Sunday, July 3, 2011

Riyadh, Islamabad join hands to fight terror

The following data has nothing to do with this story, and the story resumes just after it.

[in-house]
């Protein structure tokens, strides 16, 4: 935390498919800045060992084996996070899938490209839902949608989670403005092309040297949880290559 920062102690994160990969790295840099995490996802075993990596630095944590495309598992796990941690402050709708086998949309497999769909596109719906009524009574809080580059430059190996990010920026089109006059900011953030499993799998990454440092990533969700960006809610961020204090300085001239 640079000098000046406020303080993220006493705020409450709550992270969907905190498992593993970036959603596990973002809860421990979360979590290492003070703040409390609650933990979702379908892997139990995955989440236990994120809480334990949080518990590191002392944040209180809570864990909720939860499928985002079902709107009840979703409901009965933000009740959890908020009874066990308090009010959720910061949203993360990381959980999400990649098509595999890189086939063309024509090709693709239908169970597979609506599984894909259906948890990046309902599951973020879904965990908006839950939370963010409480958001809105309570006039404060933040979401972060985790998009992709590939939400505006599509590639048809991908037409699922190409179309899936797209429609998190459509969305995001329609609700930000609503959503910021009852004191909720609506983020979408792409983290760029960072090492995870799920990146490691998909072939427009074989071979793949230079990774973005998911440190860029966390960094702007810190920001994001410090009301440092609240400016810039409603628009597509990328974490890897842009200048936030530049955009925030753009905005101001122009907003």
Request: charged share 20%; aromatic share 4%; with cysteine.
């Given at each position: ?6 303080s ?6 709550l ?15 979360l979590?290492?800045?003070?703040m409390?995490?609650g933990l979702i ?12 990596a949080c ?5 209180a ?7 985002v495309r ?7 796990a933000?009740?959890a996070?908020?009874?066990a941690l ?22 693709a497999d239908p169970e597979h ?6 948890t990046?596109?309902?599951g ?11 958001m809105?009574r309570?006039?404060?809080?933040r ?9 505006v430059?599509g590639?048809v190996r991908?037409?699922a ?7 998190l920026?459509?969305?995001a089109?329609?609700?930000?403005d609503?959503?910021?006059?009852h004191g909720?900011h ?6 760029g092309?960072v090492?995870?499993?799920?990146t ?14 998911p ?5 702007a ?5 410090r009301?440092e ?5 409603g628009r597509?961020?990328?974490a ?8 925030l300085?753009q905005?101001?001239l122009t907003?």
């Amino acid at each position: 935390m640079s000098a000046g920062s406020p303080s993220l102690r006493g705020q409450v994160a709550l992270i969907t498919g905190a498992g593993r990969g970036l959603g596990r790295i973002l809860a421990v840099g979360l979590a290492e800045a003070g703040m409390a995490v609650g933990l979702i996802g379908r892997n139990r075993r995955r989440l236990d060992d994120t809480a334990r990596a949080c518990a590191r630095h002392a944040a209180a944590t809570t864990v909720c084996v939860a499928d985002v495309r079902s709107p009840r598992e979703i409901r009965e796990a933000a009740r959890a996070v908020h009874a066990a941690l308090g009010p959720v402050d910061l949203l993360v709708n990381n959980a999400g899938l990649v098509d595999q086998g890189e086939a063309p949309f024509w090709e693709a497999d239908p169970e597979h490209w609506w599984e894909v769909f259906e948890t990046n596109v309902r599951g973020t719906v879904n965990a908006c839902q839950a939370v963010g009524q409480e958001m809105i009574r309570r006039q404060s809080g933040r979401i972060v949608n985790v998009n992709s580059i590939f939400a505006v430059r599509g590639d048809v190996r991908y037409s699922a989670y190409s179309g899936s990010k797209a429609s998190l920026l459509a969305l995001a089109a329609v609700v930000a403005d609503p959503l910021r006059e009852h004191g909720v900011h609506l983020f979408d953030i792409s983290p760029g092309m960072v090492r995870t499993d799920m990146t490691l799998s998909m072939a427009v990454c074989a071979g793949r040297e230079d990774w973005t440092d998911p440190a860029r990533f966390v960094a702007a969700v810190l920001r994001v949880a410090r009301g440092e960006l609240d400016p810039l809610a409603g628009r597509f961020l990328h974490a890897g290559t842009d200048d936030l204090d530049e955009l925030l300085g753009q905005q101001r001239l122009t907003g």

Pakistan and Saudi Arabia are working on a mechanism to jointly fight terrorism, Pakistani Interior Minister Rehman Malik said here on Saturday. “Terrorism is our common enemy and we want to eradicate it from the face of the earth. The enemies of the Kingdom are our enemies too. We are working to put in place an effective mechanism to fight them,” Malik said. Pakistan always believed in the wisdom of the Saudi leadership and looks to it for guidance and support, he said. “We are in agreement with the Saudi leadership that terrorists are not only working against the interest of both the nations but also against the Ummah. “They have their own version of Islam in which they use minors as suicide bombers and kill hundreds of innocents every day. We want the true spirit and teaching of our divine faith to prevail. We want books in the hands of our children, but the Taleban provide them with suicide vests. This must stop. “And we are working jointly in that direction and soon we will be able to curb extremism and violence in the name of religion to make this world free of terror,” Malik said. Malik met with Saudi Foreign Minister Saud Al-Faisal here on Saturday and discussed, apart from terror-related issues, regional security and stability. He also briefed him about the progress of the investigation into Saudi diplomat Hasan Misfer Al-Qahtani's killing in Karachi on May 15. “We have the weapon that was used in Al-Qahtani's killing. We also have an important lead in this case and we will crack it soon. I am meeting with Interior Minister Prince Naif and will discuss at length security and other issues,” Malik said. He added the diplomat's killing was done by “Pakistan’s enemy” to tarnish the country’s image and also drive a wedge in ties with the Kingdom. “But they have failed, our ties are rock-solid and our resolve to take these elements head on has been further strengthened,” he added. Speaking about the detention of Osama Bin Laden's family in Pakistan, the minister said: “The nationalities of many have not yet been conclusively established, so it was not possible to deport them. “Secondly, a judicial commission, headed by a retired judge of the Supreme Court, has been formed to probe the circumstances leading to the US raid in Abbottabad that killed Bin Laden. They will be needed to testify before the commission,” Malik said. Responding to reports that Bin Laden's son Omar was trying to secure the release of the family through the UN, Malik said, “No one has contacted us in this regard.” He also said Pakistan and Afghanistan were working to raise a taskforce to secure their porous border. “The responsibility to check infiltration lies with both the countries. We have discussed this issue with the Afghan leadership in our meeting in Tehran. We believe that a safe Afghanistan can ensure a safe Pakistan.” Asked about the status of the Shamsi Airbase, which the US has been reportedly using to launch drone strikes against militants in the area, the minister said: “We are a sovereign nation and nothing will be allowed to hurt the country’s interests. The Defense Ministry, however, is the competent authority to comment on it.”


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